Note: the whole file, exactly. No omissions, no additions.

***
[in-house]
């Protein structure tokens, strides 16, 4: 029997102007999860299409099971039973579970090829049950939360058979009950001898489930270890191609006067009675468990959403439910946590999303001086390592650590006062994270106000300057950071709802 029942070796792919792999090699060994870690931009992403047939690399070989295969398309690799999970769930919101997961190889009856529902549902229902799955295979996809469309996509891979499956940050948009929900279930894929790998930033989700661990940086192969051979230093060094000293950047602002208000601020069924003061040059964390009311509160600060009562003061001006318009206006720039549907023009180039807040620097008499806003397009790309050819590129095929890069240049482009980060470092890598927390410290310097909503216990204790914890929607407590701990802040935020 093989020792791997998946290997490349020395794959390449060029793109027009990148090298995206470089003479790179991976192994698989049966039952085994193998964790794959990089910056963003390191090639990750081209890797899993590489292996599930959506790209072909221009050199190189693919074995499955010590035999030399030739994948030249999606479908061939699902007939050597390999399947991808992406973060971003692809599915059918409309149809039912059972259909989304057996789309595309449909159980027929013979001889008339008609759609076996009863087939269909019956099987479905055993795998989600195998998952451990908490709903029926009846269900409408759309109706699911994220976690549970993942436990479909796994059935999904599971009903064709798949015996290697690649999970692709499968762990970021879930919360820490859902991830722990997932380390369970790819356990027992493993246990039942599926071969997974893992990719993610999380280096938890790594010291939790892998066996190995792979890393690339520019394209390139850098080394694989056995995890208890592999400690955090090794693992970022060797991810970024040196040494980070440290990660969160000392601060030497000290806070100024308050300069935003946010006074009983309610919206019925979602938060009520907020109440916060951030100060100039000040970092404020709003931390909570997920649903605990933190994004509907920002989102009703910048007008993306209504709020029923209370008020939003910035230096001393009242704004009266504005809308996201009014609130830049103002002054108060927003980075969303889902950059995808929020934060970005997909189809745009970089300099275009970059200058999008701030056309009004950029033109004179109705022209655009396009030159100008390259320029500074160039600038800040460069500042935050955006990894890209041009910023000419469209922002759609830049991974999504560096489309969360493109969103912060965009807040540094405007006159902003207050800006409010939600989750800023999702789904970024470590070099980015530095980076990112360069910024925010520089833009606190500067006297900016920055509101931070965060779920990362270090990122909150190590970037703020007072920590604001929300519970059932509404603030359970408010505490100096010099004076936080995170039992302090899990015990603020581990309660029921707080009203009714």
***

[in-house]
């Protein structure tokens, strides 16, 4: 029997102007999860299409099971039973579970090829049950939360058979009950001898489930270890191609006067009675468990959403439910946590999303001086390592650590006062994270106000300057950071709802 029942070796792919792999090699060994870690931009992403047939690399070989295969398309690799999970769930919101997961190889009856529902549902229902799955295979996809469309996509891979499956940050948009929900279930894929790998930033989700661990940086192969051979230093060094000293950047602002208000601020069924003061040059964390009311509160600060009562003061001006318009206006720039549907023009180039807040620097008499806003397009790309050819590129095929890069240049482009980060470092890598927390410290310097909503216990204790914890929607407590701990802040935020 093989020792791997998946290997490349020395794959390449060029793109027009990148090298995206470089003479790179991976192994698989049966039952085994193998964790794959990089910056963003390191090639990750081209890797899993590489292996599930959506790209072909221009050199190189693919074995499955010590035999030399030739994948030249999606479908061939699902007939050597390999399947991808992406973060971003692809599915059918409309149809039912059972259909989304057996789309595309449909159980027929013979001889008339008609759609076996009863087939269909019956099987479905055993795998989600195998998952451990908490709903029926009846269900409408759309109706699911994220976690549970993942436990479909796994059935999904599971009903064709798949015996290697690649999970692709499968762990970021879930919360820490859902991830722990997932380390369970790819356990027992493993246990039942599926071969997974893992990719993610999380280096938890790594010291939790892998066996190995792979890393690339520019394209390139850098080394694989056995995890208890592999400690955090090794693992970022060797991810970024040196040494980070440290990660969160000392601060030497000290806070100024308050300069935003946010006074009983309610919206019925979602938060009520907020109440916060951030100060100039000040970092404020709003931390909570997920649903605990933190994004509907920002989102009703910048007008993306209504709020029923209370008020939003910035230096001393009242704004009266504005809308996201009014609130830049103002002054108060927003980075969303889902950059995808929020934060970005997909189809745009970089300099275009970059200058999008701030056309009004950029033109004179109705022209655009396009030159100008390259320029500074160039600038800040460069500042935050955006990894890209041009910023000419469209922002759609830049991974999504560096489309969360493109969103912060965009807040540094405007006159902003207050800006409010939600989750800023999702789904970024470590070099980015530095980076990112360069910024925010520089833009606190500067006297900016920055509101931070965060779920990362270090990122909150190590970037703020007072920590604001929300519970059932509404603030359970408010505490100096010099004076936080995170039992302090899990015990603020581990309660029921707080009203009714």